The General Overseer of Believers’ Love World (also called Christ Embassy), <a target=”_blank” href=”https://en.wikipedia.org/wiki/Michel_Aoun”>Chris Oyakhilome</a>, has berated President Muhammadu Buhari and other African leaders for seeking medical care and <a target=”_blank” href=”https://www.who.int/health-topics/coronavirus”>COVID-19</a> vaccines in foreign countries.

Mr Oyakhilome said this during a<a target=”_blank” href=”https://www.facebook.com/100000243306550/posts/4477240295627370″> live broadcast</a> to his congregation on Sunday, charging the leaders to wake up for the development of the continent.

Prior to the COVID-19 pandemic, Mr Buhari was a frequent visitor to the United Kingdom for medical care – an action that has been met with criticism from good governance advocates and opposition parties.

On June 6, 2016, Mr Buhari left Nigeria for his first medical vacation. The president took a 10-day medical trip to London to treat an ear infection. He returned from that journey on June 19, 2016.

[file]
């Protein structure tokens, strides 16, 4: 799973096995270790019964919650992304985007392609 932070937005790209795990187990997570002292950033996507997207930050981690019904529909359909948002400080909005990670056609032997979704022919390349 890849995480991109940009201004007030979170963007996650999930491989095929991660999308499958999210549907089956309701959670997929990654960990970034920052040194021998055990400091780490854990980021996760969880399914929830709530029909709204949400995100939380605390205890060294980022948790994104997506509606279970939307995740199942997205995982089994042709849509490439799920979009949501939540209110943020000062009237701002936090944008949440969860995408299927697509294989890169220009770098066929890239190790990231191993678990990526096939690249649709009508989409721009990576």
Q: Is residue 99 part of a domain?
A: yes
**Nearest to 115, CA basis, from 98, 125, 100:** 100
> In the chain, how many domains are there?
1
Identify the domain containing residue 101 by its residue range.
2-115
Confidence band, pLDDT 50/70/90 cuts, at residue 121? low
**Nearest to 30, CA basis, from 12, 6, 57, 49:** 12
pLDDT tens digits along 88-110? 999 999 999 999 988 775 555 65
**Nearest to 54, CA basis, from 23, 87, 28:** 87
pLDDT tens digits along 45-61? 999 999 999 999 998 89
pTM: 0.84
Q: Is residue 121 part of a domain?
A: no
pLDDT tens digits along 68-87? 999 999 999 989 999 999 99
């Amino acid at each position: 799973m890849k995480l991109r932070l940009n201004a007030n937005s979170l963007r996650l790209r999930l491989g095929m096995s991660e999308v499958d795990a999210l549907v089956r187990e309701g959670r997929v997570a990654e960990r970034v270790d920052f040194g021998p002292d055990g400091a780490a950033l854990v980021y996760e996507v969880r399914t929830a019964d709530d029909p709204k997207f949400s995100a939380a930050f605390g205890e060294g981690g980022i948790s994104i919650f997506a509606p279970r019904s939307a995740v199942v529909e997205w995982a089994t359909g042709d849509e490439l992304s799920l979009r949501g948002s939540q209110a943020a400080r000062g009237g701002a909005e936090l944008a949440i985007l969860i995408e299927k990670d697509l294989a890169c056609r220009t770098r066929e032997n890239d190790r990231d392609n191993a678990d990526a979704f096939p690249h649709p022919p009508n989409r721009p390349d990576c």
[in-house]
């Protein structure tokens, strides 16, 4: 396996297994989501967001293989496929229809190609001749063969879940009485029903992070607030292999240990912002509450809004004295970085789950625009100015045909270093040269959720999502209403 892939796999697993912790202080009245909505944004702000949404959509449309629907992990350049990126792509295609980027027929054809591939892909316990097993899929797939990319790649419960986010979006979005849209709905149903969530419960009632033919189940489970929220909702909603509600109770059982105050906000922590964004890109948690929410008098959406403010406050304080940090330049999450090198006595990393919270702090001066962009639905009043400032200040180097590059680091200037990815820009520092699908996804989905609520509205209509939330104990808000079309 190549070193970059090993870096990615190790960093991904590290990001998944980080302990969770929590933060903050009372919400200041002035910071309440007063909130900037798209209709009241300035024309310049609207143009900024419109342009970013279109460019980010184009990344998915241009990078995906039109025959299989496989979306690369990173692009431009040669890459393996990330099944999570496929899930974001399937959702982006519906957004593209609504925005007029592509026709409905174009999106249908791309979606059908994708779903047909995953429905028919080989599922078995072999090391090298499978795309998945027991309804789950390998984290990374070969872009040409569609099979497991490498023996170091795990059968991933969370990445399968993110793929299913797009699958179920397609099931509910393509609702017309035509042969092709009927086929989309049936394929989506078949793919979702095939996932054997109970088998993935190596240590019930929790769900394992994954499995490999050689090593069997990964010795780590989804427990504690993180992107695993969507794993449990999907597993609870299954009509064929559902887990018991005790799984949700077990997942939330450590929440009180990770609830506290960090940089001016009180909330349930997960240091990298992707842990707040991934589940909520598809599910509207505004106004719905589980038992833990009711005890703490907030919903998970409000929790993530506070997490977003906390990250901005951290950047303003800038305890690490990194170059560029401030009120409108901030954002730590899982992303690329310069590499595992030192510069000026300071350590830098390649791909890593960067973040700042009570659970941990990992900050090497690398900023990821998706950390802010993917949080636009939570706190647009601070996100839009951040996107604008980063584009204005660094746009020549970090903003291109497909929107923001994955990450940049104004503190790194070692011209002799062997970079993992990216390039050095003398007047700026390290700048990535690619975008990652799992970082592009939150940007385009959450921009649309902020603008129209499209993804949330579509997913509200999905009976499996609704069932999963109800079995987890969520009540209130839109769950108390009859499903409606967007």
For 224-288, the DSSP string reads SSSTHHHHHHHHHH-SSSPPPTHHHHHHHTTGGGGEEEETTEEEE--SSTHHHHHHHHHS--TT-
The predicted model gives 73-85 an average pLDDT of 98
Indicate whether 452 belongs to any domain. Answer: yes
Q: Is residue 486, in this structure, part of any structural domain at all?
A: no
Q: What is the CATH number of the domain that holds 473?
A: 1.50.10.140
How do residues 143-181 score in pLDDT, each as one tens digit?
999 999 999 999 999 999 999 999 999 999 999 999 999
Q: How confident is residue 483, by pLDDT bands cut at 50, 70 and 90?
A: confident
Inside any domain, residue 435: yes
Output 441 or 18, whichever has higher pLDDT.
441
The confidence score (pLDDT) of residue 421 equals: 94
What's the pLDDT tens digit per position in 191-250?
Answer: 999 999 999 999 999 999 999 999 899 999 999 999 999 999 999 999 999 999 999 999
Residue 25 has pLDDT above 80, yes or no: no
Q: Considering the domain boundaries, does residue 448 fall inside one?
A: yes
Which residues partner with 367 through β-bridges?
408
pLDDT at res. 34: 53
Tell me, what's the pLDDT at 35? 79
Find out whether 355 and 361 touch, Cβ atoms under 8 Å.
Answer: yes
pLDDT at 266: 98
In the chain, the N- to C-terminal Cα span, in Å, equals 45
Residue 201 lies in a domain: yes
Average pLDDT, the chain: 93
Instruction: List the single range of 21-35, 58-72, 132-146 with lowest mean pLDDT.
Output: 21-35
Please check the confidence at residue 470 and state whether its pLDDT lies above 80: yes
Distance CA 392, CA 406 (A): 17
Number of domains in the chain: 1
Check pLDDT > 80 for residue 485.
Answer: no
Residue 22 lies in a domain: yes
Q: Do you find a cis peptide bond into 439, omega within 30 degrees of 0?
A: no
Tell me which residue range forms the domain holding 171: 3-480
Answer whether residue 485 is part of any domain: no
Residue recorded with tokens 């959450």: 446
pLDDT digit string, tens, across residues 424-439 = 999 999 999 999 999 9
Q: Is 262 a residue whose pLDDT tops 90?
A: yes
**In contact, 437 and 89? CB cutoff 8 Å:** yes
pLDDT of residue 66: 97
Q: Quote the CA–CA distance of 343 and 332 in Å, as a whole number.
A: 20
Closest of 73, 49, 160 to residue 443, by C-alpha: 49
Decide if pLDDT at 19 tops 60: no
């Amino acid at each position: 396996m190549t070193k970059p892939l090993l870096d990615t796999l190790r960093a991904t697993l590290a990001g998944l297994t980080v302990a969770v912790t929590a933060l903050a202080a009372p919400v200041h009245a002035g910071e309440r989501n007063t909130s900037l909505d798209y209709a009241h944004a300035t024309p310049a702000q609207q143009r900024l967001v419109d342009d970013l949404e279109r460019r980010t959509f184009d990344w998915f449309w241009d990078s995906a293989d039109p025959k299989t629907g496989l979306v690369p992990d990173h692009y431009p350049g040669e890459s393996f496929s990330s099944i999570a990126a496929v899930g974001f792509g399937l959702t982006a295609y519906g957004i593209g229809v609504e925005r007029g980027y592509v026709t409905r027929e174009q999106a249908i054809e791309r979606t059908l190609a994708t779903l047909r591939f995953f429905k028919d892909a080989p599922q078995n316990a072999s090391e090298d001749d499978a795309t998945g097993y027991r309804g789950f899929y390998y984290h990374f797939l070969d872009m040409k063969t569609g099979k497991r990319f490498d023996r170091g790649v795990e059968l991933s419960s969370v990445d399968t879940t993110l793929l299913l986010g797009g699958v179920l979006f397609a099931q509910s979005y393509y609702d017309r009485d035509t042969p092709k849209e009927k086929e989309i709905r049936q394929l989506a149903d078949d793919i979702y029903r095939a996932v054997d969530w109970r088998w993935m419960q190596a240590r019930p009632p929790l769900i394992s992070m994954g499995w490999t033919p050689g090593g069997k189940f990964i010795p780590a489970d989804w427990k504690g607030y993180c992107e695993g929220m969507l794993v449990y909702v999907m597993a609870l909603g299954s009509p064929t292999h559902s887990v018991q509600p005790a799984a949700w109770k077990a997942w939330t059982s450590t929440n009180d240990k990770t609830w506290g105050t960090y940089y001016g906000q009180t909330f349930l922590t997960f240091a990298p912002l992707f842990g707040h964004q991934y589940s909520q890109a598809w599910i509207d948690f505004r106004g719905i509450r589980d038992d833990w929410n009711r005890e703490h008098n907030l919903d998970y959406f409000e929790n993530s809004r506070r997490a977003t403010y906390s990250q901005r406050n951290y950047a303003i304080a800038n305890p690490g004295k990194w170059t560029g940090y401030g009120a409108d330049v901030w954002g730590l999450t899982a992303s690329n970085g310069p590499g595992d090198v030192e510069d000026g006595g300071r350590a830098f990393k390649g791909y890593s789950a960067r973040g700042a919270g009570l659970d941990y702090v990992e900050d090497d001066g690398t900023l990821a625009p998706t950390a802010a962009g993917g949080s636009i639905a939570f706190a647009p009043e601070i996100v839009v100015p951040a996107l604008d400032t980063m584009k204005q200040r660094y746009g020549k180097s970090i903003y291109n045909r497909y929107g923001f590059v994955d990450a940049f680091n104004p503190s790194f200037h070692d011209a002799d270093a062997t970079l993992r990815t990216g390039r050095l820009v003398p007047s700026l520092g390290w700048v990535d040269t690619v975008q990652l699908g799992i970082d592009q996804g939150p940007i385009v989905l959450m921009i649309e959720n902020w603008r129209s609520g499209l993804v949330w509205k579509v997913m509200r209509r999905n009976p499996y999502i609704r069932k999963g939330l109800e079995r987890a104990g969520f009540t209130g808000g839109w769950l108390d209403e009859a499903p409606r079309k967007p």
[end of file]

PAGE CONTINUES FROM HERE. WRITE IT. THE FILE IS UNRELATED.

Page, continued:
In 2017, President Buhari spent nearly four months of medical leave in London.

In 2018, Mr Buhari left Abuja on a four-day medical trip to the UK. He had stayed in London for two days prior to that week.

However, during his sermon of Sunday, Mr Oyakhilome said it is a shame that leaders of Africa still have to travel to Europe and America to get medication when they get sick.

“You should be ashamed,” the pastor said. “At this time of your life, you should have grown up, What are all the universities you have built, what are they for? It is about time you started thinking.”

Speaking further, Mr Oyakhilome decried the reliance of African countries on foreign countries for COVID-19 vaccines.

The viral respiratory disease has ravaged the globe and its economies for more than five months. Nigeria has recorded over 44,000 infections so far and with no end in sight.

Meanwhile, the country is not participating in the ongoing clinical trials on COVID-19 vaccines.

“It would be a shame and this time of your life and history if vaccines have to be imported to Africa to help Africa. It’s a shame and a failure on the part of all the leaders,” Mr Oyakhilome said.

“Your great-grandfather was helped. Your grandfather was helped. Now you want to be helped when you ought to come up with your own vaccines. If you need vaccines, whatever medicines you need, it is a shame that leaders of African nations still have to travel.”